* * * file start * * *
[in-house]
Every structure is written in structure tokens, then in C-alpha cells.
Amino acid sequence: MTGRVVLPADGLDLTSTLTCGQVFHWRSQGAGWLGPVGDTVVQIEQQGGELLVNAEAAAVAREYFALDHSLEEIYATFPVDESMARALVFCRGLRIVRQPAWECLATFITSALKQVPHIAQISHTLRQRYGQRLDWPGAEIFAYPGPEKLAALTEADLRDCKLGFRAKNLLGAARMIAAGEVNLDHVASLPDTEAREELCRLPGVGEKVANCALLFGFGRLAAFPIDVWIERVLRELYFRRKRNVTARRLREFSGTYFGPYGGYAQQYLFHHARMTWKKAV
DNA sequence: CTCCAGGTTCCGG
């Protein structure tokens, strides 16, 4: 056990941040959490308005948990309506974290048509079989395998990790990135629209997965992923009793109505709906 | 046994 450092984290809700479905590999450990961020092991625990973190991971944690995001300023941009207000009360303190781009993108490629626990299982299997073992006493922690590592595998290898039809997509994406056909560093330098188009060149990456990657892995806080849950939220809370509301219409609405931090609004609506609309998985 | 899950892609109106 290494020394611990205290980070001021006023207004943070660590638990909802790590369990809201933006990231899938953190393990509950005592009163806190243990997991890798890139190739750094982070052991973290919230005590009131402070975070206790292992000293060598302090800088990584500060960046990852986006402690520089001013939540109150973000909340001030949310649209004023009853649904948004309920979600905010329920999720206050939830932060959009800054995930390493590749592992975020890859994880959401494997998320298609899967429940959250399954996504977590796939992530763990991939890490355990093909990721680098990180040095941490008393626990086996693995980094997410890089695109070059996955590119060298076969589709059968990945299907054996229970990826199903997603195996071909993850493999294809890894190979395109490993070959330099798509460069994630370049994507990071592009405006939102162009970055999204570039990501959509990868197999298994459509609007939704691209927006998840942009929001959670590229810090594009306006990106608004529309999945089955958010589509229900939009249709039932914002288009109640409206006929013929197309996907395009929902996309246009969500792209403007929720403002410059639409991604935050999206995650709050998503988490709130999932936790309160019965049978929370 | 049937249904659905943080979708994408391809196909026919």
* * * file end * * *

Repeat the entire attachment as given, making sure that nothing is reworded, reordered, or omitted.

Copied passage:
[in-house]
Every structure is written in structure tokens, then in C-alpha cells.
Amino acid sequence: MTGRVVLPADGLDLTSTLTCGQVFHWRSQGAGWLGPVGDTVVQIEQQGGELLVNAEAAAVAREYFALDHSLEEIYATFPVDESMARALVFCRGLRIVRQPAWECLATFITSALKQVPHIAQISHTLRQRYGQRLDWPGAEIFAYPGPEKLAALTEADLRDCKLGFRAKNLLGAARMIAAGEVNLDHVASLPDTEAREELCRLPGVGEKVANCALLFGFGRLAAFPIDVWIERVLRELYFRRKRNVTARRLREFSGTYFGPYGGYAQQYLFHHARMTWKKAV
DNA sequence: CTCCAGGTTCCGG
């Protein structure tokens, strides 16, 4: 056990941040959490308005948990309506974290048509079989395998990790990135629209997965992923009793109505709906 | 046994 450092984290809700479905590999450990961020092991625990973190991971944690995001300023941009207000009360303190781009993108490629626990299982299997073992006493922690590592595998290898039809997509994406056909560093330098188009060149990456990657892995806080849950939220809370509301219409609405931090609004609506609309998985 | 899950892609109106 290494020394611990205290980070001021006023207004943070660590638990909802790590369990809201933006990231899938953190393990509950005592009163806190243990997991890798890139190739750094982070052991973290919230005590009131402070975070206790292992000293060598302090800088990584500060960046990852986006402690520089001013939540109150973000909340001030949310649209004023009853649904948004309920979600905010329920999720206050939830932060959009800054995930390493590749592992975020890859994880959401494997998320298609899967429940959250399954996504977590796939992530763990991939890490355990093909990721680098990180040095941490008393626990086996693995980094997410890089695109070059996955590119060298076969589709059968990945299907054996229970990826199903997603195996071909993850493999294809890894190979395109490993070959330099798509460069994630370049994507990071592009405006939102162009970055999204570039990501959509990868197999298994459509609007939704691209927006998840942009929001959670590229810090594009306006990106608004529309999945089955958010589509229900939009249709039932914002288009109640409206006929013929197309996907395009929902996309246009969500792209403007929720403002410059639409991604935050999206995650709050998503988490709130999932936790309160019965049978929370 | 049937249904659905943080979708994408391809196909026919």